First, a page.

Some people speculate that the mysterious dark matter in the universe could be tiny black holes. But on the other side, could dark matter particles attract each other by gravity and finally form a black hole? Since dark matter is even more abundant than normal matter, the dark matter black hole should not be rare.


Dark Matter has not been detected within the vicinity of Earth by even extremely sensitive detectors such as the LUX (Large Underground Xenon) detector. Yet scientists believe that the halos surrounding galaxies are replete with Dark Matter.

It seems more likely that the LUX detectors could not detect Dark Matter simply because there isn't any in the vicinity of our Earth. That would essentially mean that Dark Matter distribution is perhaps non uniform across our galaxy. Since it seems to be localized in galactic halos, and perhaps such regions that are beyond the gravitational field of massive bodies (such as planets/stars/galaxies). Therefore it appears that Dark Matter could be gravitationally repulsive with respect to normal matter.

In that case, it makes perfect sense why Dark Matter cannot form Black Holes since they simply cannot be packed close enough (due to their 'soft' mutual repulsion), to form Black Holes. That also would explain why they are found mostly in the outer reaches of galaxies, within their halos.

For more details please see http://urbanyogi2012.blogspot.ca/2014/06/on-dark-matter.html

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    $\begingroup$ "It seems more likely that the LUX detectors could not detect Dark Matter simply because there isn't any in the vicinity of our Earth." - I disagree. The ability of LUX and other experiments to detect DM depends on how stongly DM interacts/decays etc. There is no strong reason to conclude that there are no DM close to Earth - just that it does not interact/decay stong enough to allow for a detection. $\endgroup$ – Winther Jun 20 '14 at 1:31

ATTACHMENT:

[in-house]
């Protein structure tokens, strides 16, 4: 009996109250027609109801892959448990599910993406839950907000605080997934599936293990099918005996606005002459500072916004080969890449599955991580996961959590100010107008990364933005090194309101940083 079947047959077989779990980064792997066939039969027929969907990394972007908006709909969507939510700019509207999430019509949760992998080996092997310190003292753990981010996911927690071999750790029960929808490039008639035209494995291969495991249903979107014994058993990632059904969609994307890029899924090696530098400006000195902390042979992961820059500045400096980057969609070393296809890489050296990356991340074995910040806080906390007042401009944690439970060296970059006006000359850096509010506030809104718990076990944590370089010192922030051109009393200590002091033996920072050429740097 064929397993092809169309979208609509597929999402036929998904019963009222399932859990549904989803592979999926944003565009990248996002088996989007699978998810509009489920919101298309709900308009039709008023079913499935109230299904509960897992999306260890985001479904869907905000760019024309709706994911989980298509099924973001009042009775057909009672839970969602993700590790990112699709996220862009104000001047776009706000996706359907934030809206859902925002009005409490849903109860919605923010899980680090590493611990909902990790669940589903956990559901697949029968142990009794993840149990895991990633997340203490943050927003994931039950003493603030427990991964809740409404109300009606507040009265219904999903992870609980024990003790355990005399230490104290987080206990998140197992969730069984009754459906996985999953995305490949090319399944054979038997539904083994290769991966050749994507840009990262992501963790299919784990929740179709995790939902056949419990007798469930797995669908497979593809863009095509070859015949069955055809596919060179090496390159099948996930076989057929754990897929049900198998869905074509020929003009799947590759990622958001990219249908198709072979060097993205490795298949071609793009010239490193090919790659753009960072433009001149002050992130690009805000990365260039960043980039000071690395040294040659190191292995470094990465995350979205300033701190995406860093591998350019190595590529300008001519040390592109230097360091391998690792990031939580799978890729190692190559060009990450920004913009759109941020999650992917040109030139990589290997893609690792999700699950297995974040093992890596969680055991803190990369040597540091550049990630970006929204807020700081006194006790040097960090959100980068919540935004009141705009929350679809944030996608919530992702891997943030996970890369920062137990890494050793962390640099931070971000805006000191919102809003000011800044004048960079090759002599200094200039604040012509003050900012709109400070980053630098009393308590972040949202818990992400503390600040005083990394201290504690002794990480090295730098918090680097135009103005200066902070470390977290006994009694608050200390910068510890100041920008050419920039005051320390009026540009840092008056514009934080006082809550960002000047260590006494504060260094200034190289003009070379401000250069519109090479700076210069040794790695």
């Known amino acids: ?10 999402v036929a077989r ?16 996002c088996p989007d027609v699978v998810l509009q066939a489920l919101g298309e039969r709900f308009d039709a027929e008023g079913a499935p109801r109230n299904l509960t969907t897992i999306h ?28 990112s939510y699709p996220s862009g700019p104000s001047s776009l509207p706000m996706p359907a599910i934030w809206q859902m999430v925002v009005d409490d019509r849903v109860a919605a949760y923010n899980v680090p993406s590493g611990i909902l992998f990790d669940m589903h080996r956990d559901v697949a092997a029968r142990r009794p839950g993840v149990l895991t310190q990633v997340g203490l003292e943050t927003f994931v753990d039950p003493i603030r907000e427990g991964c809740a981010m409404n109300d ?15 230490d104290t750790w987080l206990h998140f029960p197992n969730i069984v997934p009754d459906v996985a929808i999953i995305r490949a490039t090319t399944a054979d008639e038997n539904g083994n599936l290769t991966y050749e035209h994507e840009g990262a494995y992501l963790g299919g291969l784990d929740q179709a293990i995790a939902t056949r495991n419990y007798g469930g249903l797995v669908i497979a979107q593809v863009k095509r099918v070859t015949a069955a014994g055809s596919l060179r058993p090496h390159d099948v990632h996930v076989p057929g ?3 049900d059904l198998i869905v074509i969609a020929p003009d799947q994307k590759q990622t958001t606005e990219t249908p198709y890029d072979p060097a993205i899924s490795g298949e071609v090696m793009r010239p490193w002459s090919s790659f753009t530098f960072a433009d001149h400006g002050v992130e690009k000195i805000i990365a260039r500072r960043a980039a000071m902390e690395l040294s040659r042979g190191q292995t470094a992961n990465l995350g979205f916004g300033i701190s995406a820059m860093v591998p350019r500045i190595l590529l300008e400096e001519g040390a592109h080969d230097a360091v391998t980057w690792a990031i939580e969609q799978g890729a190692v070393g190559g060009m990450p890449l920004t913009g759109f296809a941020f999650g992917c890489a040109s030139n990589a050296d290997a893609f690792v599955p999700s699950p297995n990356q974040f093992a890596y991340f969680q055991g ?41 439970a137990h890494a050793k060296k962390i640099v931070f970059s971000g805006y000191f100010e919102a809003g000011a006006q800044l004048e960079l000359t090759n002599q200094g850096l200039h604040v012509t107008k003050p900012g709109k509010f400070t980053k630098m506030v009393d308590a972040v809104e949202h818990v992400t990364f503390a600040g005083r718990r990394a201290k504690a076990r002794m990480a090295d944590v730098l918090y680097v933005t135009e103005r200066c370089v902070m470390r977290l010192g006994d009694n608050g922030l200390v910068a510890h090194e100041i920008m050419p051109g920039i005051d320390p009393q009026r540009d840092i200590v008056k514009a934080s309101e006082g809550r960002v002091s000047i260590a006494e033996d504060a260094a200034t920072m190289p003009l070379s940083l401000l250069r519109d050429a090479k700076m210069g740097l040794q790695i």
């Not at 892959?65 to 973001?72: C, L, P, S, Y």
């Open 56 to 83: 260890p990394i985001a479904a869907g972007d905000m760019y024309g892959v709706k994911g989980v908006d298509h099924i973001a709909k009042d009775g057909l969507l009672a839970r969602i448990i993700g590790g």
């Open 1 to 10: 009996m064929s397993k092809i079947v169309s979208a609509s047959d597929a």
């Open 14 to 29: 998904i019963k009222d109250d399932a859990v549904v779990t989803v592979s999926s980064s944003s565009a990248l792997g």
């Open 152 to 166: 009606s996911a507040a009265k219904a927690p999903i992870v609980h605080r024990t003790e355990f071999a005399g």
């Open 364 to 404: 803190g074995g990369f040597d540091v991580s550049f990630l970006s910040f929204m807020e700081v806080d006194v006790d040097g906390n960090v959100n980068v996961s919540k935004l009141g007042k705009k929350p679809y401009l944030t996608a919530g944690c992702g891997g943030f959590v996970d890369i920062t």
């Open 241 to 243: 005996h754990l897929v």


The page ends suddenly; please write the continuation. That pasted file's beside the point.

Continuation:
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    $\begingroup$ "Therefore it appears that Dark Matter could be gravitationally repulsive with respect to normal matter." - This would be very hard to recogncile with our very successful models of structure formation - which treats DM as a purely collisionless fluid - and which interacts with gravity just as normal matter. $\endgroup$ – Winther Jun 20 '14 at 1:34
  • $\begingroup$ The 'strong reason' is they haven't been detected despite such powerful detectors! Dark Matter is supposed to be more than 5 times as abundant as normal matter, yet not a trace has been detected in the vicinity of Earth. Simple logic dictates that they have not been detected simply because DM is not present on Earth. $\endgroup$ – harismind Jun 20 '14 at 1:52
  • $\begingroup$ Your 'successful models' don't explain anything about DM. If it gravitationally attracts and is 5 times more abundant than normal matter then you should be seeing DM everywhere. You don't. You only see it in Galactic halos far removed from the gravitational ambit large bodies. Ask yourself why this pattern is observed consistently from galaxy to galaxy. $\endgroup$ – harismind Jun 20 '14 at 1:59